Emma Wright (Hayley Law) faces a formidable adversary in Stickman. Photo copyright of SYFY.
Jason, Freddy, Leatherface – over the years, feature films and TV have introduced audiences to these and plenty of other evildoers who love nothing more than spilling other peoples’ blood just to satisfy their own twisted desires. In the upcoming SYFY made-for-TV movie Stickman, another one of these fiends is set loose to terrorize as well as entertain the unsuspecting viewer. Among those he has in his sights is Emma Wright, whom the Stickman has enjoyed toying with for a very long time. Unfortunately for him, his day of reckoning might be closer than he ever imagined. Our heroine is played by Hayley Law, who can be seen in the upcoming 2018 Netflix series Altered Carbon, and currently plays Valerie Brown in The CW’s Riverdale. This was the actress’ first foray into the horror genre, and she admits to frightening herself even before the cameras began to role.
“My agent sent me the script for Stickman, and I had never really read anything like it before,” says Law. “I’m actually quite terrified of horror movies, and when I sat down to read the script, it was nighttime and the more pages I turned, the more scared I got. It’s not the type of thing you read alone and in the dark,” she jokes. “Initially I wasn’t sure how I was going to prepare for the Emma role, but the [filming] environment we worked in kind of made things a little easier for me. I definitely felt like I ‘became’ the character while we were shooting the film. We worked a lot of nights, so I was pretty tired and, honestly, looked kind of unattractive in front of the camera. So filming in the middle of the night gave me kind of that extra little push to get where I needed to be as Emma.”
Believe it or not, the malevolent title character in Stickman was indirectly “brought to life” by a seven-year-old, Taidgh Daly. One day he was sitting in his mom Christine O’Shea-Daly’s office drawing a picture of, yes, you guessed it, a Stickman figure. She just happens to be a producer on Stickman, and the rest as they say is history. In the movie, Law’s character of Emma Wright was the same age when she was accused of killing her sister. Sadly, no one believed her when she tried to tell them who the real murderer was. Despite Emma’s pleas to the contrary, she was removed from society in order to be looked after and rehabilitated. Years later, Emma attempts to finally put the past behind her, but the Stickman is not ready to let her go.
“I think Emma is misunderstood and, of course, was traumatized,” notes Law. “There’s a scene in the first 10 minutes of the film where she’s talking with one of the doctors about what’s been going on with her. Emma is trying so hard to get him to understand why she’s the way she is, but he doesn’t really believe her. That was probably the hardest scene for me to do, and it took a great deal out of me emotionally. By the time we shot the last take, I was crying the entire time and couldn’t really get the lines out. I mean, yes, I knew the lines weren’t going to change and neither was the tone of the scene no matter how many takes we did, but it’s an incredibly sad scene, and I just felt so frustrated for Emma that this doctor wasn’t getting it.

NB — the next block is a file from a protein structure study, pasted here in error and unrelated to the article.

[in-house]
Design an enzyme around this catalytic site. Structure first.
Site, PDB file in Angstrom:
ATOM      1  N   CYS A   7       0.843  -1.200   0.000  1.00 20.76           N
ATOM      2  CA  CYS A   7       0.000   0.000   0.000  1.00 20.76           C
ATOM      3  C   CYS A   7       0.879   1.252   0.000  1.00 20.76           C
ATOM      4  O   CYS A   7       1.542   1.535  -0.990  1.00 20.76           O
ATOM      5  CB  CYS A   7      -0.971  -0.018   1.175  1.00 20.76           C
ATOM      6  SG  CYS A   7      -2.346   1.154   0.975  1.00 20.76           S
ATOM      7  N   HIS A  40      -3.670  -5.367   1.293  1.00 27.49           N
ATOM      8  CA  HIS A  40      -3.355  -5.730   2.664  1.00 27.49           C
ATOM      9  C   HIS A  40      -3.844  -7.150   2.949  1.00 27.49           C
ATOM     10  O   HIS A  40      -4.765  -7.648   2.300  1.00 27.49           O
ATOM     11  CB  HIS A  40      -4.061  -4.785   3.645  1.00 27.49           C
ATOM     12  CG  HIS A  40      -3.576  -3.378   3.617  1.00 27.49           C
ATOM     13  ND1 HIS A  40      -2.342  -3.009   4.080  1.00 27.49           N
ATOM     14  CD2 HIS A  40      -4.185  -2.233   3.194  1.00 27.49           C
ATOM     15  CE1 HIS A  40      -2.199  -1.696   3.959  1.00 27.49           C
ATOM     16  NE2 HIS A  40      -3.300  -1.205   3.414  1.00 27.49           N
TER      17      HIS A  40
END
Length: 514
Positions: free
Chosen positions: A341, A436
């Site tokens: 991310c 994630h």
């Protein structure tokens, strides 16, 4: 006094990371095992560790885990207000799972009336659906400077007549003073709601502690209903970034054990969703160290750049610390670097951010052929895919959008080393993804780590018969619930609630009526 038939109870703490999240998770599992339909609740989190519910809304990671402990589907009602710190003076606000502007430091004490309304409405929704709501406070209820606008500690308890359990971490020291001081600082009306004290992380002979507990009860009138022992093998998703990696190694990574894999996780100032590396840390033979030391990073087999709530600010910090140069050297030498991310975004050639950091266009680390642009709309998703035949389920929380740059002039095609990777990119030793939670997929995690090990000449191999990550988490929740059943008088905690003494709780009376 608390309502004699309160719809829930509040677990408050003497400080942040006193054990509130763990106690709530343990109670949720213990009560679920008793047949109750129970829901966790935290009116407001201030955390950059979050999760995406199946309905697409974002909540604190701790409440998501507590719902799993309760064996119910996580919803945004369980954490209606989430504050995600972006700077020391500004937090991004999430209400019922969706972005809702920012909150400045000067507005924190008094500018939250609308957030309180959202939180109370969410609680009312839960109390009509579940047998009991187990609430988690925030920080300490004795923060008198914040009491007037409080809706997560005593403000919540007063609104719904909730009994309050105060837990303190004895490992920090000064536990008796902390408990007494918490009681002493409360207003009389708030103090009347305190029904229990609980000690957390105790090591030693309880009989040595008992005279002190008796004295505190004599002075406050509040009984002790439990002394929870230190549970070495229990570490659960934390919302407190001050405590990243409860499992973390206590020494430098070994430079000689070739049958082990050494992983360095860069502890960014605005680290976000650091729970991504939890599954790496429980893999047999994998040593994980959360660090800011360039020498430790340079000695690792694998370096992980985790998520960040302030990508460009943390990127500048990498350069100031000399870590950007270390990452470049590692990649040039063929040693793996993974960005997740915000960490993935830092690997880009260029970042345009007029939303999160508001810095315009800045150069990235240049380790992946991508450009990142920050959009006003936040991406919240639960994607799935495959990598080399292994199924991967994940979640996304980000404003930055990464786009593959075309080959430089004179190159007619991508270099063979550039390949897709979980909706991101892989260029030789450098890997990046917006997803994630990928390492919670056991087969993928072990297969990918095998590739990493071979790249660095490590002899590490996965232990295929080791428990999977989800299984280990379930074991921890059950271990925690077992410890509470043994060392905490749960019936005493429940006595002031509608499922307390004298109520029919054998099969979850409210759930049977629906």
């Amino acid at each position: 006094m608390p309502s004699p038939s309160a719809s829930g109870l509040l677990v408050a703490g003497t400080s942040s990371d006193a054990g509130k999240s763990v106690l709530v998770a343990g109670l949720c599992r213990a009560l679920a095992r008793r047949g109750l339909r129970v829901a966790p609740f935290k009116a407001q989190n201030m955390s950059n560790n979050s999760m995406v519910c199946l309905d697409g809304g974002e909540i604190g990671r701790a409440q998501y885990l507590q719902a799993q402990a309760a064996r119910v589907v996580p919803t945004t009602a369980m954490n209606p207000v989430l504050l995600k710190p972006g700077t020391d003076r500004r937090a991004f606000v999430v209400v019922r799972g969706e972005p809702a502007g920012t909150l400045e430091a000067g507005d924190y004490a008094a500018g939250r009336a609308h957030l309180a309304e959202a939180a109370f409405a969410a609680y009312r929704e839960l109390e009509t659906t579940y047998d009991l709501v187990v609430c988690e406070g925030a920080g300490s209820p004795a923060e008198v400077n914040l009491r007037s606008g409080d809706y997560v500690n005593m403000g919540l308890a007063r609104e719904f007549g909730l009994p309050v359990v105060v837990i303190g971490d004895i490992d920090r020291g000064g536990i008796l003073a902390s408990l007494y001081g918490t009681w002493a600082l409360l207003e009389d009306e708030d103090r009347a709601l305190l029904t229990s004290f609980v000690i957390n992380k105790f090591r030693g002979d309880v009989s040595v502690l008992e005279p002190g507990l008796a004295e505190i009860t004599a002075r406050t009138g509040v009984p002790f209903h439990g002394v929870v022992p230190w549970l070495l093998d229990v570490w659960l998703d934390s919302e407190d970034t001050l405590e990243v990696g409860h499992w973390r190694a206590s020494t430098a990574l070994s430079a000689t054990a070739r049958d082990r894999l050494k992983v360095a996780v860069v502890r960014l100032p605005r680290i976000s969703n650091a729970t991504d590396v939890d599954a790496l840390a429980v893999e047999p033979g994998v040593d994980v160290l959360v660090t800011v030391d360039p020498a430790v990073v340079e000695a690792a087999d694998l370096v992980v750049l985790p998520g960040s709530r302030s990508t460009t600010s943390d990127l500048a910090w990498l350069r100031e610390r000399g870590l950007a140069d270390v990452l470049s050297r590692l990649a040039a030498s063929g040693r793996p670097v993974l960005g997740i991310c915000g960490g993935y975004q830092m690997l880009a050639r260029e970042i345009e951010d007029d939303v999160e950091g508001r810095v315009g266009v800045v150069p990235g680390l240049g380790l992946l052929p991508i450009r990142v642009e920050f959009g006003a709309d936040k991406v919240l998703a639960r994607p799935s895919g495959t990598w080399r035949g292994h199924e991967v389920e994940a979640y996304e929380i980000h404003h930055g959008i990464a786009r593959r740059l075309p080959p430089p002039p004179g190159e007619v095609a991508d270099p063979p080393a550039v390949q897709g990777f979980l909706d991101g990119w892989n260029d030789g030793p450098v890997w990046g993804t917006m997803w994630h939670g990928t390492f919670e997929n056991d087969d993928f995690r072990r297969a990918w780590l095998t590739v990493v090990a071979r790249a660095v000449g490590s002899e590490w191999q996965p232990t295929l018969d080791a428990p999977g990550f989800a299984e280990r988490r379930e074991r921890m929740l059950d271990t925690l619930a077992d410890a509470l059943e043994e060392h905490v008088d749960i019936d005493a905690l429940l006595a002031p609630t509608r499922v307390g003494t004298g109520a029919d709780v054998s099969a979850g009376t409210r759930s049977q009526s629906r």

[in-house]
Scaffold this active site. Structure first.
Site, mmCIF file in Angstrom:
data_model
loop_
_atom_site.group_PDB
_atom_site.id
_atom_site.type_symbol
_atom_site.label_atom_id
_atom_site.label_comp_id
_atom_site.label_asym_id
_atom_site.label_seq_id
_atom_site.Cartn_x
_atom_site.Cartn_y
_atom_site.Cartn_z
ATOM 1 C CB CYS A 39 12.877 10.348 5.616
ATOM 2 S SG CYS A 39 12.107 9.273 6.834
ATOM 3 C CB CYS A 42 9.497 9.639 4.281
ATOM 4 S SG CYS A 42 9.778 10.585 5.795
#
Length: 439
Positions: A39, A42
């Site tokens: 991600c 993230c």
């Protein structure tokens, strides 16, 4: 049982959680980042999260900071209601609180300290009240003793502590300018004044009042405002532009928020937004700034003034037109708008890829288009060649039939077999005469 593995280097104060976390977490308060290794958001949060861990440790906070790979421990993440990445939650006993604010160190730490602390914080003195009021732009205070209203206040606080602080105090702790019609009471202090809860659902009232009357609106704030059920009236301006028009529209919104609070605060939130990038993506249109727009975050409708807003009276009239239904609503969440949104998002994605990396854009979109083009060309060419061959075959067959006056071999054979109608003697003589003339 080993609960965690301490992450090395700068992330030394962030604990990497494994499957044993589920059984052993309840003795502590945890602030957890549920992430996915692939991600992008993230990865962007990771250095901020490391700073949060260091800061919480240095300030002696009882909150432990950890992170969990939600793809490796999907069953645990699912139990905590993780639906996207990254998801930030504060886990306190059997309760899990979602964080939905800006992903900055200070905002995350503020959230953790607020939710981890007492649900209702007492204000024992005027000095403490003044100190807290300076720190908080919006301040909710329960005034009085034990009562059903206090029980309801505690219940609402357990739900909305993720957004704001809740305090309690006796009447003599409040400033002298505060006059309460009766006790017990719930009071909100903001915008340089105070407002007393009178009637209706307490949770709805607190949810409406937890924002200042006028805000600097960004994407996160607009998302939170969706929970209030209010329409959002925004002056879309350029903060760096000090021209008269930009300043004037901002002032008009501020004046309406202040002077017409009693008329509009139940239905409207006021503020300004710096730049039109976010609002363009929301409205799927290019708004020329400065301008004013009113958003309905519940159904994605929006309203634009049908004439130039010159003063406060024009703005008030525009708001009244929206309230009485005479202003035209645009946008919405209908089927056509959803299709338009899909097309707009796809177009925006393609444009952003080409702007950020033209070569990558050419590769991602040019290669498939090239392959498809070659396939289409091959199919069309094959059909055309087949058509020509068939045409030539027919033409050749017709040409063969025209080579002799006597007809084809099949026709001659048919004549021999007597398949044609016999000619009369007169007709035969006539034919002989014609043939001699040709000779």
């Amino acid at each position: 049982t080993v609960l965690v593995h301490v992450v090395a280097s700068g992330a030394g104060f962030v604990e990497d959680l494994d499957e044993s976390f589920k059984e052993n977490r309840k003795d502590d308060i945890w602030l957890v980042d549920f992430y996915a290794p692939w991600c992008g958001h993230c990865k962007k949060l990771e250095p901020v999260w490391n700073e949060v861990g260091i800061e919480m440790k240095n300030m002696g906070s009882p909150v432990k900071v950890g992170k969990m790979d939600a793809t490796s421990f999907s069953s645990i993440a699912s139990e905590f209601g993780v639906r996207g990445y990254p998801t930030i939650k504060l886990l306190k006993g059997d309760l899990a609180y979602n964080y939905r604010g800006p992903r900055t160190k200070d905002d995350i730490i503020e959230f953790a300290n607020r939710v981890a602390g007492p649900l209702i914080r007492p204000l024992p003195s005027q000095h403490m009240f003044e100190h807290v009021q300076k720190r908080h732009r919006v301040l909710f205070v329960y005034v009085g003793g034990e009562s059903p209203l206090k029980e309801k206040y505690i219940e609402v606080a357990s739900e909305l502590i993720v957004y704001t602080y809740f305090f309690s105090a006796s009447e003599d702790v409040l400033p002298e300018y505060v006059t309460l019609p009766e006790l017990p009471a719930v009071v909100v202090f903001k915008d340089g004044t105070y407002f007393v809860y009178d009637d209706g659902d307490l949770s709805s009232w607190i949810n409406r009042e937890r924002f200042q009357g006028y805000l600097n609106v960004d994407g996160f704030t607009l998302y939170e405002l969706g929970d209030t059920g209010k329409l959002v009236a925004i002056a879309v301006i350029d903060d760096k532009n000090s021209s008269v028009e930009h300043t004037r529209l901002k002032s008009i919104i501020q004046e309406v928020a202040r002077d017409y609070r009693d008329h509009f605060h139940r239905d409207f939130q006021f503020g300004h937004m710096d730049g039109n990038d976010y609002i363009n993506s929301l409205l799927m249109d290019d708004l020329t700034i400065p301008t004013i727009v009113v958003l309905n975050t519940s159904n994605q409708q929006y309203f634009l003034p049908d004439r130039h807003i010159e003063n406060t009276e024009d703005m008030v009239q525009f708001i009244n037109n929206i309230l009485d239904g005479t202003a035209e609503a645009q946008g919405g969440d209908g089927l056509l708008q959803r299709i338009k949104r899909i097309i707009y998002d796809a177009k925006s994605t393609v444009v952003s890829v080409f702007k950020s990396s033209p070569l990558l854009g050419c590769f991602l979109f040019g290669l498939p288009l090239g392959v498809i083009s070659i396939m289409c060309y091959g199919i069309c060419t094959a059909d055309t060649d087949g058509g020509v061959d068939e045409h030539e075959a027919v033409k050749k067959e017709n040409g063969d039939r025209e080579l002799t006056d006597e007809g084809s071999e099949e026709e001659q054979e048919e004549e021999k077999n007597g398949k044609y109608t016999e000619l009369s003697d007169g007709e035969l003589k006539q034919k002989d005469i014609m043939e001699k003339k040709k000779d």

“Initially, you’ll see that Emma is very scared and feels defeated. Again, no one really listens to her and she’s frustrated about that. She also accepts the fact that she’s going to go through life being considered by most people to be a liar. About a quarter of the way through the story, Emma thinks she’s going to have a normal life, but this is, after all, a horror movie, so that’s not going to happen. However, she learns to deal with what you’ll see she has to deal with, and she does so with more power and confidence than she maybe though she had. Emma isn’t happy about it, but she takes control of the situation and deals with it, while at the same time not being afraid of people thinking she’s crazy.
“Acting-wise, it wasn’t hard for me to get into this role, but more so to get out of it. I felt like in order to play this character truthfully, I needed to put myself in her shoes and understand what it would be like to experience what Emma is going through. Yes, I realize it’s a movie, but in real life, a lot of people go through very traumatic events, and in Emma’s case, she’s not lying about what she saw, namely the Stickman. So I had to go to a place where I felt frightened as well as vulnerable, and getting out of that headspace at the end of the workday was not easy.”
The actress has high praise for her fellow Stickman castmates and the film’s director Sheldon Wilson, who also wrote the screenplay. “I worked mainly with five other actresses, all of whom were incredibly supportive,” she says. “We still keep in touch and have group chats every so often. The six of us understood what we needed to do to help each other get into character. At one point, we all go through something traumatic onscreen, and each of us gave one another the energy to deliver our best possible work.
“As for being directed by Sheldon Wilson, it was great because this is his specialty. He knows horror movies like the back of his hand, so he understands better than anyone else what it takes to make a great scene, and that made the work all the more enjoyable.”
Stickman premieres Saturday, October 21st @ 9:00 p.m. EST on SYFY (US). As noted above, photo copyright of SYFY, so please no unauthorized copying or duplicating of any kind. Thanks!